Division on Visual Impairments

VIDBE-Q 66.1 Winter 2021

A quarterly newsletter from the Council for Exceptional Children's Division on Visual Impairments containing practitioner tips for Teachers of Students with Visual Impairments, Certified Orientation and Mobility Specialists, and other professionals.

Issue link: http://dvi.uberflip.com/i/1324141

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Page 29 of 43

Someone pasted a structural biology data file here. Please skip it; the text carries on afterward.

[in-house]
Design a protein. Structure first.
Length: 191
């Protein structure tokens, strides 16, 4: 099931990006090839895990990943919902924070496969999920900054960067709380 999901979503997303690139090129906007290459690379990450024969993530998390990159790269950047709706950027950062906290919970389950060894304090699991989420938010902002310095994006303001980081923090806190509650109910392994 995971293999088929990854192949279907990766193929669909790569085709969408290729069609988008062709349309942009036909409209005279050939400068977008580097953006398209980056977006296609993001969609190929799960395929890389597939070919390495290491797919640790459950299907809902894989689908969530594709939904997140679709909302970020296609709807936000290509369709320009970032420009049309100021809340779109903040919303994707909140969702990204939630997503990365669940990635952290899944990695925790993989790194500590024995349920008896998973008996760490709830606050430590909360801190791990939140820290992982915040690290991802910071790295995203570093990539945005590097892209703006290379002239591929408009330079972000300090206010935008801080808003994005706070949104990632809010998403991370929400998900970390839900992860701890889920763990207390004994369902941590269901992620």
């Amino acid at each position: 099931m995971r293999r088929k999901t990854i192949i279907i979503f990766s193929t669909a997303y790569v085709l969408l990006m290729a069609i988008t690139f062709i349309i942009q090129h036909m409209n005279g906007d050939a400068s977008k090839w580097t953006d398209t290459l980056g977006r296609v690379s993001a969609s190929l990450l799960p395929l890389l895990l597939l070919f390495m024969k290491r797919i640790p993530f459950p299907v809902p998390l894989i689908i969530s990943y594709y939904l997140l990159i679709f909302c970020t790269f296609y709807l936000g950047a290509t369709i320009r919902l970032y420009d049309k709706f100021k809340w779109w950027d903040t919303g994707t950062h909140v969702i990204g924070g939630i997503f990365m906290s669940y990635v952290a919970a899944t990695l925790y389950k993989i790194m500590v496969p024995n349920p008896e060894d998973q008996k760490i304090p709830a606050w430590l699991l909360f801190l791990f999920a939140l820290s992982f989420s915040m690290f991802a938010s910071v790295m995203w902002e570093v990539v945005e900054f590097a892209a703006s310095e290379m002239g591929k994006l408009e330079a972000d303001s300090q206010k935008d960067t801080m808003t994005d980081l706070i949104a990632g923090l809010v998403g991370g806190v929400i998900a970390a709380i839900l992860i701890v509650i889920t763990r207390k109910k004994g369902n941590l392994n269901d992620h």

VIDBE-Q Volume 66 Issue 1 Linda Hagood, Portland State University & Washington State School for the Blind, hagood.linda@gmail.com Amy Parker, Portland State University, atp5@pdx.edu Children and adolescents with self -regulatory skills can focus their attention, control their emotions and manage their thinking, behavior and feelings (Blair & Diamond, 2008). Self-regulation contributes to both academic and social success (Durlak et al., 2011), and in efforts to engage learners, schools have begun to include mindfulness, yoga, and meditation in social emotional learning curricula (Gillen & Gillen, 2007; Jones & Bouffard, 2012). Children who are blind and visually impaired have been shown to use emotional regulation strategies less often than their sighted peers (Salimi et al., 2016). Some eye conditions, especially those with a neurological base, seem to be associated more with self- regulation challenges, including optic nerve hypoplasia (Fink & Borchert, 2011), Leber Congenital Amaurosis (Fazzi et al., 2007), Norrie's Syndrome (Dale, 2005), CHARGE Syndrome (Hartshorne et al., 2005), Congenital Reading, Writing and Self-Regulating: Mindfulness and Movement Activities as a Context for Language and Literacy Learning

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